CLEVELAND -- Kevin Stefanski coached running backs, tight ends and quarterbacks in Minnesota. He's about to take on his most challenging group yet — the Browns.
The Vikings offensive coordinator, who came close to getting Cleveland's job last year but finished second to Freddie Kitchens, was hired as the Browns new coach — their 10th since 1999 — on Sunday, a person familiar with the team's decision and plans told The Associated Press.
Stefanski agreed to accept the position a day after Minnesota's season ended with a 27-10 loss to the San Francisco 49ers in the NFC playoffs, according to the person who spoke to the AP on condition of anonymity because the sides have yet to finalize a contract. An official announcement is expected Monday, and Stefanski will be introduced early in the week.
The hiring of the 37-year-old Stefanski, considered one of pro football's rising young coaching stars, ends a deliberate, two-week search by the Browns, who cycle through coaches like no other NFL team and were the only ones without one until this weekend.
A year ago, Stefanski was a little known assistant when he so impressed the Browns during his interview that chief strategy officer Paul DePodesta recommended to owners Dee and Jimmy Haslam that they should hire him. However, the Haslams were swayed by then-general manager to hire Kitchens, and the results were atrocious.
The Browns went 6-10. Kitchens was fired. The team wasn't going to pass on Stefanski again.
He has gone from being a long shot to a big shot.
And now that they've got their coach, the Browns can focus on restructuring their front office around a new GM to replace Dorsey, who parted ways with Cleveland on Dec. 31 after after refusing to accept a reduced role.
On Saturday, the Browns requested permission to interview Eagles vice president of football operations Andrew Berry, who spent three years in Cleveland as vice president of player personnel. Berry reportedly favored Stefanski during last year's search and may now have a chance to work alongside him.
Berry has not yet met with Haslam and there have been no interviews for the GM opening to this point, according to the person familiar with the decision to hire Stefanski.
A member of Minnesota's staff since 2006, Stefanski is Cleveland's 10th full-time coach since the franchise's expansion rebirth in 1999 and the sixth hired by the Haslams since they bought the team in 2012 from Randy Lerner, who was widely criticized by Browns fans during his tenure but is now viewed as more stable than the Haslams.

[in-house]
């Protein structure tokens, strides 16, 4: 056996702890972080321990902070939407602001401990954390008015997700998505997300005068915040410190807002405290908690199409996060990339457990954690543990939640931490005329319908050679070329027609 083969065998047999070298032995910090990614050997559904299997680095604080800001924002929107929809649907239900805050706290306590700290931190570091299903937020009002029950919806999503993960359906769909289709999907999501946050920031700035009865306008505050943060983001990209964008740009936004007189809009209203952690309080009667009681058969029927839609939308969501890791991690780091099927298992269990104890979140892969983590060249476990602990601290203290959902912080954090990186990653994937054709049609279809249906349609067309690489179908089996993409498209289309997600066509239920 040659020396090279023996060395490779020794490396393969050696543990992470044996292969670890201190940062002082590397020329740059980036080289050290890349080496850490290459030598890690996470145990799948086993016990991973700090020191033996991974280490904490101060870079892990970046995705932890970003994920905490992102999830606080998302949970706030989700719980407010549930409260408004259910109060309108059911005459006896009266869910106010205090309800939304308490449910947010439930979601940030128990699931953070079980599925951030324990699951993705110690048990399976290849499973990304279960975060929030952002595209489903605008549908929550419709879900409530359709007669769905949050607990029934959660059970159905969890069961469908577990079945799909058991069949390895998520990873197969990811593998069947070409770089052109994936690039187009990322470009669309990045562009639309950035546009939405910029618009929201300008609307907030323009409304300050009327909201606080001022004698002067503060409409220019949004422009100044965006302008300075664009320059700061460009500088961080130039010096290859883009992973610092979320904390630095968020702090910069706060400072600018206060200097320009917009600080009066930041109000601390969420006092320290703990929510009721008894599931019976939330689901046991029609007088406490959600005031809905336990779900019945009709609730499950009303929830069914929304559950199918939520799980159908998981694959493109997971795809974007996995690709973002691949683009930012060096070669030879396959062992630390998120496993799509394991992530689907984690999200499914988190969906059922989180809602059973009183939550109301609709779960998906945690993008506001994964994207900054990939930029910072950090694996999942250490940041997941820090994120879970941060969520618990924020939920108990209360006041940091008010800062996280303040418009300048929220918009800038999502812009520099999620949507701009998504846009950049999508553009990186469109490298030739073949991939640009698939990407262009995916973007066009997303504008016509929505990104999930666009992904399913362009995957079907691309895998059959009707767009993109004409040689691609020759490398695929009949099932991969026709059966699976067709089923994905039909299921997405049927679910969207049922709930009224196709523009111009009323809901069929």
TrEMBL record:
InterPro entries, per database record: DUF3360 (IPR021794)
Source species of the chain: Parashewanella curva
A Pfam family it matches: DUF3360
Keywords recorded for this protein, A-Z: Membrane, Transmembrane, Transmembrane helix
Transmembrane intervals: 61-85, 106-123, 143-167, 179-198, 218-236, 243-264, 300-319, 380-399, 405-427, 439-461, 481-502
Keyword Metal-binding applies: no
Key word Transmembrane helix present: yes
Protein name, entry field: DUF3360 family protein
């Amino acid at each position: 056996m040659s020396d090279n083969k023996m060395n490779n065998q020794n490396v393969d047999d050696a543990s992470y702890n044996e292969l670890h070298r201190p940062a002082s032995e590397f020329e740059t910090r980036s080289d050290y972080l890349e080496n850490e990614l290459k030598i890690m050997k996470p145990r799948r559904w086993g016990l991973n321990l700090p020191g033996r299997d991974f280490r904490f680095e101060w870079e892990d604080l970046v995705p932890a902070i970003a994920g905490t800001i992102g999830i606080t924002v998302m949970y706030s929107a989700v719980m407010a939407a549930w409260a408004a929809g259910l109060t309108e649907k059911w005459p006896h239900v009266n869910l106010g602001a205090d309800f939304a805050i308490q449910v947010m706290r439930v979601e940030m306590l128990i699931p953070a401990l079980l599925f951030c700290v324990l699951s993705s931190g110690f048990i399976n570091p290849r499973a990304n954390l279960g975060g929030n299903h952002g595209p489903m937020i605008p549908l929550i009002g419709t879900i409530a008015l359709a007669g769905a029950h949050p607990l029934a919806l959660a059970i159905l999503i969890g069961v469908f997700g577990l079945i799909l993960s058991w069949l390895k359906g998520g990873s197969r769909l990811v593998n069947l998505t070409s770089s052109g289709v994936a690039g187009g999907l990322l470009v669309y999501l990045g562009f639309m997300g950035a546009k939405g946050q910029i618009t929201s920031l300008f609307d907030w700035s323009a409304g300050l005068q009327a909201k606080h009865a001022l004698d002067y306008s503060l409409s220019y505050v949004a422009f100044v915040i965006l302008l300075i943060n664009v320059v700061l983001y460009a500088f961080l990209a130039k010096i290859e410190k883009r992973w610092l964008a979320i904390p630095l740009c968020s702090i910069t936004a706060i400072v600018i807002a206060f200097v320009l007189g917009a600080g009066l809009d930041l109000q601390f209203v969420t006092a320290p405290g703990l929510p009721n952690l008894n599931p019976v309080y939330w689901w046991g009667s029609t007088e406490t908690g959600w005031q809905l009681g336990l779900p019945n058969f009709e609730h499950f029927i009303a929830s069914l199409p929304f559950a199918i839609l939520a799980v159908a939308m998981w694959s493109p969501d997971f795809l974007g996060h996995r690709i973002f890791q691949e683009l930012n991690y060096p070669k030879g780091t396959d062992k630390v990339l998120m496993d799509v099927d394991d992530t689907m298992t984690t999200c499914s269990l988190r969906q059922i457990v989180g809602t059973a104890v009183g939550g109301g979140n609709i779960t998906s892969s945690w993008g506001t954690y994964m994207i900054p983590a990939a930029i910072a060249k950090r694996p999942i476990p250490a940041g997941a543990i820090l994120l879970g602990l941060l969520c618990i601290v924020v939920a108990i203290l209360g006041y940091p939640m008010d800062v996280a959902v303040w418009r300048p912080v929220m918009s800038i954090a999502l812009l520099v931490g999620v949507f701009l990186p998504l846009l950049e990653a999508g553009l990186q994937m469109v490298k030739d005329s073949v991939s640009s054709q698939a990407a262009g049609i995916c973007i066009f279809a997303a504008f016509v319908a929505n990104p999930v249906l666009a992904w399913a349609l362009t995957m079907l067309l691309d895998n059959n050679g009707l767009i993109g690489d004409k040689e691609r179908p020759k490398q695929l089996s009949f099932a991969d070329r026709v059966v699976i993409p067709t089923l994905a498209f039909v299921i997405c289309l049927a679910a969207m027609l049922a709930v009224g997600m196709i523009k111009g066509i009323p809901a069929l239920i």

Cleveland's search committee selected Stefanski over 49ers defensive coordinator Robert Saleh and Patriots offensive coordinator Josh McDaniels, two of eight candidates the Browns met with the past two weeks.
And while Stefanski's hiring was a positive for the Browns, it also underscores the NFL's continued struggles in hiring minority head coaches. Dallas, Carolina, Washington and the New York Giants also filled vacancies. Of those hires, only the Redskins' Ron Rivera, who previously coached Carolina, is a minority.
Stefanski appealed to the Browns for numerous reasons with his work to improve Vikings quarterback Kirk Cousins at the top of his pluses. Under Stefanski's watch this season, Cousins went 10-6 as a starter and posted a career-best 107.4 rating with 26 touchdown passes and only six interceptions.
The Browns hope he has a similar effect with Baker Mayfield, who struggled with accuracy and consistency in his second season after breaking the league rookie record for TD passes in 2018.
Stefanski hasn't even signed his contract in Cleveland, but the Vikings already miss him.
“He’s a great leader,” wide receiver Adam Thielen said. ”I have so much respect for him and the way he carries out his life, his business. I’m obviously thankful for his support and everything he’s done for me over the years since he’s been here — since I’ve been here. Happy for him.”
Stefanski will inherit a Browns roster that includes plenty of offensive talent with Mayfield, wide receivers Odell Beckham Jr. and Jarvis Landry, and running back Nick Chubb. The group never meshed under Kitchens, who struggled as a play caller while juggling other duties.
Stefanski will have to hire a coordinator and staff. It's possible he could bring QBs coach Klint Kubiak with him. The son of former NFL coach Gary Kubiak worked with Mayfield at the Senior Bowl two years ago.
Stefanski was a survivor in Minnesota. He held onto his job after coach Brad Childress was fired in 2006, and when Leslie Frazier lost his job after the 2013 season.
In six years on Mike Zimmer's staff, Stefanski proved valuable enough that the team blocked him in 2018 from becoming Pat Shurmur’s offensive coordinator with the New York Giants.
Stefanski was promoted to offensive coordinator for the final three games of 2018 after Zimmer fired John DeFilippo. He had the interim title shed in 2019, helping the Vikings jump from 19th to eighth in points and from 20th to 16th in yards in league rankings.
Stefanski drew praise throughout the organization for his eagerness to adjust and work with and integrate new offensive adviser Gary Kubiak’s scheme, while calling plays on a full-time basis for the first time.
“Through the good times and the bad times, he’s the same guy,” Thielen said. “He’s not going to throw anybody under the bus. He’s going to take ownership and do whatever it takes to put you in the best position as an offense.”
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AP Sports Writer Dave Campbell in Minneapolis contributed.